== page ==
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Sometimes I need to process scanned images or photographed book covers, where I usually only have the resulting image (JPG/PNG) but not the original (to recreate a clean variant myself). Pages/covers are not always correctly aligned, which is the hardest task of post-processing for me currently: it's a complicated job in Gimp using the "perspective tool", as I've found no alternative to that yet.

Seeing scanning apps on Android, it should be pretty easy to adjust/align such a scanned page:

CamScanner Mobile Doc Scanner YouCam
Screenshots from CamScanner / Mobile Doc Scanner / YouCam (click images for larger variants)

As the screenshots show, you basically tap the 4 corners of the paper (or rather adjust the "grid" to match them), tap the check-mark in the toolbar (at the bottom), and have the page adjusted.

What's possible on some smartphone with Android shouldn't be too hard to accomplish on a more powerful desktop machine. Nevertheless, either my Google-Fu isn't good enough or there doesn't seem to be a corresponding application.

Summing up my requirements:

  • must run on Linux (Java applications acceptable, Gimp-addons welcome)
  • must be free (as in "free beer" – open-source would be an added plus)
  • easy to install (not too many dependencies)
  • easy to work with (basically, as easy as it is in mentioned Android apps)
  • can be stand-alone or an addon for Gimp
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There is a cross platform solution for Windows, OS-X, Linux & Android which uses a combination of:

It is:

  • Free
  • Open Source
  • Cross Platform
  • Not too many dependencies
  • Even easier to work as it doesn't even require you to select the corners it finds them for you providing there is a reasonable contrast in the image.

And it is all spelt out, complete with source code at: http://www.pyimagesearch.com/2014/09/01/build-kick-ass-mobile-document-scanner-just-5-minutes/ by Adrian Rosebrock.

I am not going to reproduce the code here as there might be copyright issues with doing so but you are free to use the code which comes to about 70 lines of python from the blog post plus another 30 from a referenced post.

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    Thanks, Steve – that'd be something to start with. But I rather was hoping for a ready-to-use solution (not something I need to write myself, as good examples as are provided) – and rather dislike giving them my email address just to download those examples. Also I see I should have been more exact on what "not too many dependencies" is supposed to mean: installing 5 "kits" and then writing my own code is not what I had in mind :) Good find, though – so +1 from me. Hoping for something easier, though :) – Izzy Jul 17 '16 at 17:59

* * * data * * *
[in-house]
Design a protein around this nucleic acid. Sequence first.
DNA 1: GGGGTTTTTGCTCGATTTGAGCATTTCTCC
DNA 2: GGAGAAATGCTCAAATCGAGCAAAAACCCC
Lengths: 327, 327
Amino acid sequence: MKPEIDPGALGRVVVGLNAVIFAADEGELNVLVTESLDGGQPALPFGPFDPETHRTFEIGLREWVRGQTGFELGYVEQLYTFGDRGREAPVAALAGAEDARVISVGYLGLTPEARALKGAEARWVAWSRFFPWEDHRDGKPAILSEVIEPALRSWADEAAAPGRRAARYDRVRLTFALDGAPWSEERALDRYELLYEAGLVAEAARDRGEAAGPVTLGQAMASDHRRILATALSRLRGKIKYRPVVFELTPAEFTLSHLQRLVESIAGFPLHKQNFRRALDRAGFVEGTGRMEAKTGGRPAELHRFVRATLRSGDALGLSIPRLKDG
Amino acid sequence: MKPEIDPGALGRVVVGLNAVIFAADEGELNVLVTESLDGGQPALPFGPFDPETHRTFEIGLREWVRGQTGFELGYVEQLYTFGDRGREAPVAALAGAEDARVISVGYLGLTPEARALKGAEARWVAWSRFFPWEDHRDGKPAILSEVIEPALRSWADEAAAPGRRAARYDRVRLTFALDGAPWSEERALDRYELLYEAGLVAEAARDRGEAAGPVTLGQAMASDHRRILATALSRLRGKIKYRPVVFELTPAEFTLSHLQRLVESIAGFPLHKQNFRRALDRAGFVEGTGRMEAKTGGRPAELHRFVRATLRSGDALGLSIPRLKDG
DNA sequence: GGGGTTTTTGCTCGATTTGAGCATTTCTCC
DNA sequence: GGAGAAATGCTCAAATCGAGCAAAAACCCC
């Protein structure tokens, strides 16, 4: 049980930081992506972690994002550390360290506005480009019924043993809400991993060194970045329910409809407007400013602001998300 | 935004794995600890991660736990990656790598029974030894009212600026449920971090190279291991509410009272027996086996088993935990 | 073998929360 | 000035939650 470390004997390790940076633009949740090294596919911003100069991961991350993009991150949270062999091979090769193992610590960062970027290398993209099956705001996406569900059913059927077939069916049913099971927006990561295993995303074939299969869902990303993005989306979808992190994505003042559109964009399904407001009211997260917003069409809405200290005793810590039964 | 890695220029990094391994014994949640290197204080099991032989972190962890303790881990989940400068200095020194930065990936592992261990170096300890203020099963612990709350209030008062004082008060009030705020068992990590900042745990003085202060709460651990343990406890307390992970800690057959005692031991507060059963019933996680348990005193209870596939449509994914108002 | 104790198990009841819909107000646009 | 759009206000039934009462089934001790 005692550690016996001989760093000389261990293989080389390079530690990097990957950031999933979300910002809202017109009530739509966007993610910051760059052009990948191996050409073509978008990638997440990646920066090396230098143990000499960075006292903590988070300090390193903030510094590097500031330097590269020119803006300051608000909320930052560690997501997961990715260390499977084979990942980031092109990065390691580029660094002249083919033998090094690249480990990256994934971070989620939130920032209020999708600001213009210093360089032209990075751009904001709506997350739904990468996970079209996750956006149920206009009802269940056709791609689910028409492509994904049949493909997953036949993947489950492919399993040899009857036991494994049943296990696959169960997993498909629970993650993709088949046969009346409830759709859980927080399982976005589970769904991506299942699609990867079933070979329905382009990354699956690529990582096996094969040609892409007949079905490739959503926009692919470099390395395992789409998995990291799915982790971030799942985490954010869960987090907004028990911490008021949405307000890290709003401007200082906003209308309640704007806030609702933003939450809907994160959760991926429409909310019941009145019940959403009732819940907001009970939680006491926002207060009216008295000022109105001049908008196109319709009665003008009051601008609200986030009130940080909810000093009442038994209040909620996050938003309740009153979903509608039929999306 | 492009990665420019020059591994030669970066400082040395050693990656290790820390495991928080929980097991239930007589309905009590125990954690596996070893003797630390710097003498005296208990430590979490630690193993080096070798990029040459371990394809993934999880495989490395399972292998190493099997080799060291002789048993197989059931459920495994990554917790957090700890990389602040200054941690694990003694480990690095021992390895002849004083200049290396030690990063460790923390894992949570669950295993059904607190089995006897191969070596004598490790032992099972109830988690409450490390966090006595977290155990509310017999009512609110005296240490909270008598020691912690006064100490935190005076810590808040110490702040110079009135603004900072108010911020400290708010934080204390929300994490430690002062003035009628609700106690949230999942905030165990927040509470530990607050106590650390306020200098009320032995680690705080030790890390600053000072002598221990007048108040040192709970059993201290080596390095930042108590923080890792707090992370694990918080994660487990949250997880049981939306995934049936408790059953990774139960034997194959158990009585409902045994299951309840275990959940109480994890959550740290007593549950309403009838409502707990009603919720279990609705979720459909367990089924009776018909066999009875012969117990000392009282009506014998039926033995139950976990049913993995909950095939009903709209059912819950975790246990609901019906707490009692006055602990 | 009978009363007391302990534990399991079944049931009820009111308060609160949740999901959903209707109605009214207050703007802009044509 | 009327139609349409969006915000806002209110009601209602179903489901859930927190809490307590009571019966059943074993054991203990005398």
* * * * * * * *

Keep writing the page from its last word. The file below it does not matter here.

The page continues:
• If you had over your email you get the complete program, I just did it. You do, however, still need to install the dependencies. I tested it on a small group of images, and if the image contains a square it make lock onto a small potion of the document and only give you that. It is far from perfect, and only a few minor calibrations can be made. – cybernard Jul 18 '16 at 2:20
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I have been playing with the nightly builds of Gimp 2.9 and it features a new perspective transform tool which when applied to one of your samples gives:

enter image description here -> enter image description here

So Keep your hopes up - Screenshot of it in action: enter image description here

Or risk the nightly builds!

  • Good find, Steve – thanks! That's more like it. Though it means waiting for Gimp 2.10 then (odd numbers are dev builds with Gimp). I wish there was an easy way to install that as "portable" on Linux, so one could use it along the stable version. But I'm not sure if it's the same: That's the tool I'm currently using – and your screenshot doesn't look like one just marks the 4 corners and Gimp transforms that to an rectangle. It rather looks like what I have to do now: manually dragging the corners until it fits? – Izzy Jul 18 '16 at 6:38
  • @Izzy - It is true that you still have to drag the corners but it is a lot easier to use than the older perspective tools. If you are prepared to build gimp from source then wiki.gimp.org/wiki/Hacking:Building/Linux explains how to build and install it without interfering with your existing gimp. – Steve Barnes Jul 18 '16 at 6:58
  • Thanks, Steve – I might have a look into that – though I'm certain I run into dependency issues concerning "too old libs", still being on Ubuntu 12.04, so I most likely have to postpone that until I found time to setup a new system. So I'll first wait if something more convenient shows up :) – Izzy Jul 18 '16 at 7:08

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